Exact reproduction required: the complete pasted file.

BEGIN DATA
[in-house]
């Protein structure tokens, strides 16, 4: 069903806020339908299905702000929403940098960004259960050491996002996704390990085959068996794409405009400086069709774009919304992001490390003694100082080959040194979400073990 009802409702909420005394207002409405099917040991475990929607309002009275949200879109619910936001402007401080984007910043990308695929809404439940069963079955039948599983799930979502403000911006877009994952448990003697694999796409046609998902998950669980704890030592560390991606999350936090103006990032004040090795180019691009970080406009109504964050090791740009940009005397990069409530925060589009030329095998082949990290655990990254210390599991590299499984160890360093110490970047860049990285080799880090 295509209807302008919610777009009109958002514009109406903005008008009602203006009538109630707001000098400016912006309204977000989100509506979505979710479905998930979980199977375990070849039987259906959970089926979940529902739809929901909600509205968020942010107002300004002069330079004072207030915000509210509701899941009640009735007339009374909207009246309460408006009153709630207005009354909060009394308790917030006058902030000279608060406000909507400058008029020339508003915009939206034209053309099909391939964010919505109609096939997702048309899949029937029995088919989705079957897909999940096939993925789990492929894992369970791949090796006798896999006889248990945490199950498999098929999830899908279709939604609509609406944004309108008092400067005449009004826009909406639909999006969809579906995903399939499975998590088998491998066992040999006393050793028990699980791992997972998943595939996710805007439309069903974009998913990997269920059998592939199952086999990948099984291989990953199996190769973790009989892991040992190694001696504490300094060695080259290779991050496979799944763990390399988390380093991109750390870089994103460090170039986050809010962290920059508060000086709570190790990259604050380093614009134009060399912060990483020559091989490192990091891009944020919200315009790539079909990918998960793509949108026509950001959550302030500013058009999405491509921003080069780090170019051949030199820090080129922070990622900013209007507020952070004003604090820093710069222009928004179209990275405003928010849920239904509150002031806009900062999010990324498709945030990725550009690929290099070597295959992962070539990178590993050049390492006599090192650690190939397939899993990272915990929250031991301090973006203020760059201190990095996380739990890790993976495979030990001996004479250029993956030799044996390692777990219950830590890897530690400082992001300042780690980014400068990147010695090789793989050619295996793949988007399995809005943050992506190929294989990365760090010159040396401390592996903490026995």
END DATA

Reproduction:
[in-house]
């Protein structure tokens, strides 16, 4: 069903806020339908299905702000929403940098960004259960050491996002996704390990085959068996794409405009400086069709774009919304992001490390003694100082080959040194979400073990 009802409702909420005394207002409405099917040991475990929607309002009275949200879109619910936001402007401080984007910043990308695929809404439940069963079955039948599983799930979502403000911006877009994952448990003697694999796409046609998902998950669980704890030592560390991606999350936090103006990032004040090795180019691009970080406009109504964050090791740009940009005397990069409530925060589009030329095998082949990290655990990254210390599991590299499984160890360093110490970047860049990285080799880090 295509209807302008919610777009009109958002514009109406903005008008009602203006009538109630707001000098400016912006309204977000989100509506979505979710479905998930979980199977375990070849039987259906959970089926979940529902739809929901909600509205968020942010107002300004002069330079004072207030915000509210509701899941009640009735007339009374909207009246309460408006009153709630207005009354909060009394308790917030006058902030000279608060406000909507400058008029020339508003915009939206034209053309099909391939964010919505109609096939997702048309899949029937029995088919989705079957897909999940096939993925789990492929894992369970791949090796006798896999006889248990945490199950498999098929999830899908279709939604609509609406944004309108008092400067005449009004826009909406639909999006969809579906995903399939499975998590088998491998066992040999006393050793028990699980791992997972998943595939996710805007439309069903974009998913990997269920059998592939199952086999990948099984291989990953199996190769973790009989892991040992190694001696504490300094060695080259290779991050496979799944763990390399988390380093991109750390870089994103460090170039986050809010962290920059508060000086709570190790990259604050380093614009134009060399912060990483020559091989490192990091891009944020919200315009790539079909990918998960793509949108026509950001959550302030500013058009999405491509921003080069780090170019051949030199820090080129922070990622900013209007507020952070004003604090820093710069222009928004179209990275405003928010849920239904509150002031806009900062999010990324498709945030990725550009690929290099070597295959992962070539990178590993050049390492006599090192650690190939397939899993990272915990929250031991301090973006203020760059201190990095996380739990890790993976495979030990001996004479250029993956030799044996390692777990219950830590890897530690400082992001300042780690980014400068990147010695090789793989050619295996793949988007399995809005943050992506190929294989990365760090010159040396401390592996903490026995």